Nostalgia is big business these days and perhaps there is no bigger tech nostalgia field than old games and gaming systems. If you were smarter than me and didn’t give away your original Atari and all of the games then you may be able make some money off of these devices. There is no better example than a current Ebay auction.
The auction consists of what the seller calls a “Complete US Super Nintendo (SNES) collection with all boxes and most manuals”. The sale claims that the collection consists of “all 721 games sold at retail in the United States, Canada and Mexico”. The games are mostly in good condition and man even contain the original manuals, inserts and boxes.
Now for the tough part, the price. The auction is set for a “Buy it now” price of a mere $24,999. An entire list of every single game included and even what each contains and the conditions can be found on the auction site. Do you have your wallet out yet?
Business intelligence company Experian Hitwise recently released the top 10 searched for brands in the UK. Top of the pile came internet giants Facebook, YouTube and eBay with four British brands showing; catalogue store Argos, fashion shop Next, news and media organisation the BBC and tabloid newspaper the Daily Mail.
According to Hitwise, around 2% of all searches in the UK were for “facebook”, and variants such as “facebook login” and “fb” made three of the top 10 searches overall.
While it’s not 100% clear from the press release how the data was gathered and what search engines were involved, the research suggests that lots of people use search engines in preference to the address bar, even when the web page is simply the brand plus .com or .co.uk. You can begin to see why there is so much money to be made from advertising in search: every time one of these people goes to a web site, they’re using Google, Bing or Yahoo to get there.
Frankly, the one that really amazes me is “google” at #7. People are using search to find a search engine? This doesn’t make sense and my only thought is that large numbers of people don’t know that it’s possible to reset their default search engine (or home page). Consequently, they’re using Bing to find Google instead of changing the settings in their web browser. Amazing. If anyone has any alternative thoughts, let me know in the comments.
Posted by J Powers at 1:32 PM on November 21, 2011
Auction site eBay announced it has acquired Hunch, for an undisclosed price. Founders Chris Dixon, Tom Pinckney and Matt Gattis, will stay on at eBay and remain based in New York
Hunch is an online recommendation platform launched in 2009. It uses web data to create “Hunches” and map them so it can start to predict the products, services, websites, or just about anything. The program can then focus your searches to popular items, or items tailored on your history.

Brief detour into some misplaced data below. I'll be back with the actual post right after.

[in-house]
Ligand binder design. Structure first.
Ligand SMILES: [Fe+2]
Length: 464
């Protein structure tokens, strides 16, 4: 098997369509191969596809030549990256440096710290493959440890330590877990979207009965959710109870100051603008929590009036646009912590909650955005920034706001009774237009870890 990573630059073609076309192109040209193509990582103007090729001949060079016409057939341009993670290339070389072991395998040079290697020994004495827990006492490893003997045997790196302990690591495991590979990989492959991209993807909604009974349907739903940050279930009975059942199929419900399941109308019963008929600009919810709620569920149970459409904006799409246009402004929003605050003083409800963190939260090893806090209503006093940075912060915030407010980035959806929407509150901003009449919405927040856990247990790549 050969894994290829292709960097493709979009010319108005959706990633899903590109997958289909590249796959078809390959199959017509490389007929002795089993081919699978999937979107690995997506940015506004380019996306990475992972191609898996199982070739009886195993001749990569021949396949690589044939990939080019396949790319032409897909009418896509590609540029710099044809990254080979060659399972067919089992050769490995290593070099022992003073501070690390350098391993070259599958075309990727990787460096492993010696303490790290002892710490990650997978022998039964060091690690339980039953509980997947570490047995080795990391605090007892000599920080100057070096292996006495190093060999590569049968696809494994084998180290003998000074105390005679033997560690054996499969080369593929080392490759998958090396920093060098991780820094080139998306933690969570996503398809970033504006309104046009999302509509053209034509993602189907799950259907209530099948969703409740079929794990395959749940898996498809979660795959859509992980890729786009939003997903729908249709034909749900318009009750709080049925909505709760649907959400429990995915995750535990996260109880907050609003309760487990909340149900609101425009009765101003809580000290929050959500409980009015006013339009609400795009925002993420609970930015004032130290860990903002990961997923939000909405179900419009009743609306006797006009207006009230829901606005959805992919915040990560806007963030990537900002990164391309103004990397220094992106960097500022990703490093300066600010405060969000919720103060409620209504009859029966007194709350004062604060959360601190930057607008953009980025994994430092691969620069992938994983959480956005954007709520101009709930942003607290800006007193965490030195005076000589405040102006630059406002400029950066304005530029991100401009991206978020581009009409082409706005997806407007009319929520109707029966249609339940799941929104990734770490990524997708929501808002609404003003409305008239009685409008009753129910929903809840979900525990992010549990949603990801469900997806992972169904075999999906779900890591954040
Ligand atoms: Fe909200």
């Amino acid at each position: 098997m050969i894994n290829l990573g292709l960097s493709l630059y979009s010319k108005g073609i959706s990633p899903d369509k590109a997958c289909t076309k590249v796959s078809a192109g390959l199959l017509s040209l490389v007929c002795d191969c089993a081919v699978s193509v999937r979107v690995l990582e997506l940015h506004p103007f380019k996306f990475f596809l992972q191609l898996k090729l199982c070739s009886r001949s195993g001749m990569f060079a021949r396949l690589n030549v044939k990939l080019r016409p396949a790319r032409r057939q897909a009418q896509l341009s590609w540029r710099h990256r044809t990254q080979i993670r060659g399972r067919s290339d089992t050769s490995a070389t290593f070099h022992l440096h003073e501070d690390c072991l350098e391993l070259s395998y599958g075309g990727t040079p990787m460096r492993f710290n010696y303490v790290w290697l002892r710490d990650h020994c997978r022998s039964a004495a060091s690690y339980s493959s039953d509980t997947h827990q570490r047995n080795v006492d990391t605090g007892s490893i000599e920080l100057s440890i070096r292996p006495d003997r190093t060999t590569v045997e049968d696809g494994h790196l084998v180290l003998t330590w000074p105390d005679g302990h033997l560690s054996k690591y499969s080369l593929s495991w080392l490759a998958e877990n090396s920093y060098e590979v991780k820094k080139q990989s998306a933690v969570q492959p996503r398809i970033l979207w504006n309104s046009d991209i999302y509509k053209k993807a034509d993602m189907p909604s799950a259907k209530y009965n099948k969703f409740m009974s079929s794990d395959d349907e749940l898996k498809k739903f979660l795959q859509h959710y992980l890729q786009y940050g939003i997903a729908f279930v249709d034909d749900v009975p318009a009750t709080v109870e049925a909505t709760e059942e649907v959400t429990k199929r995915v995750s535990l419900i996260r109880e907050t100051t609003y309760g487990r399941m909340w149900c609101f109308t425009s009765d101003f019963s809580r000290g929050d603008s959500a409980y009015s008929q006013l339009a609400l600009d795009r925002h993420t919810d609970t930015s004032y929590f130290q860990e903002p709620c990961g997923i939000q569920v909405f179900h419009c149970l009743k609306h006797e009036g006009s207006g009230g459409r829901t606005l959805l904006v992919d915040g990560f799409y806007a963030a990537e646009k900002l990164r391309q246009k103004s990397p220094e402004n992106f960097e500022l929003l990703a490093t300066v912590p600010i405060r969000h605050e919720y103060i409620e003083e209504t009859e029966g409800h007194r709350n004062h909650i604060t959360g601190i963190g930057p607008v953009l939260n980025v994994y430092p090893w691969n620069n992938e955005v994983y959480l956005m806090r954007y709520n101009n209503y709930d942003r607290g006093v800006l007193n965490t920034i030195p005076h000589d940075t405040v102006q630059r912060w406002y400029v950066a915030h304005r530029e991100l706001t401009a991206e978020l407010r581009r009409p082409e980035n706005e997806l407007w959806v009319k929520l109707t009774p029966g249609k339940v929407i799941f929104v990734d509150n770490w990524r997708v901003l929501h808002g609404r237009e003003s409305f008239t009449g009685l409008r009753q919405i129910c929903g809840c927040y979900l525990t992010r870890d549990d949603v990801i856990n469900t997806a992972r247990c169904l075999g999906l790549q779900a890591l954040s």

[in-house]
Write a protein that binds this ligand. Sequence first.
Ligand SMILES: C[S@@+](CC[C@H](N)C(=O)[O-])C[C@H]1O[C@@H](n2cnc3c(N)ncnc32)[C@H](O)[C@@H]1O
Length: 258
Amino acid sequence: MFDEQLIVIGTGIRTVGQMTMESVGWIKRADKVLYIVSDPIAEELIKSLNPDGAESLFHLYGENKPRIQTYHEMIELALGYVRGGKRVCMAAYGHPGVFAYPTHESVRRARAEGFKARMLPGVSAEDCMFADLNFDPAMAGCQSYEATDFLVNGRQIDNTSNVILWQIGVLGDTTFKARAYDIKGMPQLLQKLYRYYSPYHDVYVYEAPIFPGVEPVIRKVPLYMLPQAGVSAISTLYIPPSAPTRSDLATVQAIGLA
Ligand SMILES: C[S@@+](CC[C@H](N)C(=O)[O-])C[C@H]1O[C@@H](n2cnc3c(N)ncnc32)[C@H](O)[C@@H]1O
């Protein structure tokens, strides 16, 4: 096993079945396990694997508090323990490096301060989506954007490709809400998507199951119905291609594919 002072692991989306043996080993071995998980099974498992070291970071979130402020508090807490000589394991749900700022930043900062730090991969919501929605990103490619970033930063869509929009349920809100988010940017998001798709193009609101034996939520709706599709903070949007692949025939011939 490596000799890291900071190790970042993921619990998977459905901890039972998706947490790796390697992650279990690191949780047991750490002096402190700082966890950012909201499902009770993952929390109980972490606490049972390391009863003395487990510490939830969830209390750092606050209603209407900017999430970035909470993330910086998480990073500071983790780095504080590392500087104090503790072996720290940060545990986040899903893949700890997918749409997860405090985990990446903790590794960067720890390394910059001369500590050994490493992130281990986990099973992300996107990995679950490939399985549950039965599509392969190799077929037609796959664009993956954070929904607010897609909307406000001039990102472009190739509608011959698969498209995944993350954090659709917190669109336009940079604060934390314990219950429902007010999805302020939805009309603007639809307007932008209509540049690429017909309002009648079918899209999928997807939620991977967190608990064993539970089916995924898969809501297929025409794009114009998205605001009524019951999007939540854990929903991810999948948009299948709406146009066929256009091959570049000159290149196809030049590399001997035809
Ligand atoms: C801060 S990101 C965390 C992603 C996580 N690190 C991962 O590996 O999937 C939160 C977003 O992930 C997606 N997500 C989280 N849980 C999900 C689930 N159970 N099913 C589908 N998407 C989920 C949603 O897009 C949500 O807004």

“We are engaging consumers in innovative ways and attracting top technologists to shape the future of commerce,” said Mark Carges, Chief Technology Officer and Senior Vice President, Global Products, Marketplaces. “With Hunch, we’re adding new capabilities to personalizing the shopping experience on eBay to the individual relevant tastes and interests of our customers. We expect Hunch’s technologies to benefit eBay shoppers as they browse and buy, and to bring sellers on eBay new ways to connect the right products with the right customers.”
The staff at Hunch believe this will be a great integration to eBay. They will be able to integrate into search, advertising and more. For instance, Hunch has a Netflix engine, in which you sign in to your Netflix site, then it will search for movies you might want to watch.
I need a clone, but who doesn’t! I have a mother load of content that I cover at a very serious pace. Your Geek is back in the swing of things, and feeling much better with the voice box on the mend. We are accepting underwriters to the show, listen for details this is significantly discounted rate over standard ad rates for the show. We have an Ohana member that is in need of new employment I give some details in the show tonight on that as well.
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Congratulations to Katie she is our Lenovo A63 system winner. Big thank you to everyone that participated, this was our biggest response to a contest to date. Some interesting feedback from the last show and my comments to those comments. Big thank you to the Ohana for all that you do. I did not get the insider out this weekend but it is on my growing list for this week. It will be a good one as I have a topic planned that will give you some insight into what I do day, to day to make the show better. Looking for volunteers for CES 2011!
If you want to pick up an extra iPhone 3gs for the kids, my suggestion is wait a couple of weeks, they are selling for a premium at the moment on eBay. Average selling price is well over $250.00 but in a few weeks demand is going to slow down and I am expecting you will be able to pick one up real cheap. This is a great way to get a nice phone for the kids or someone that is not sure if they want a smart phone.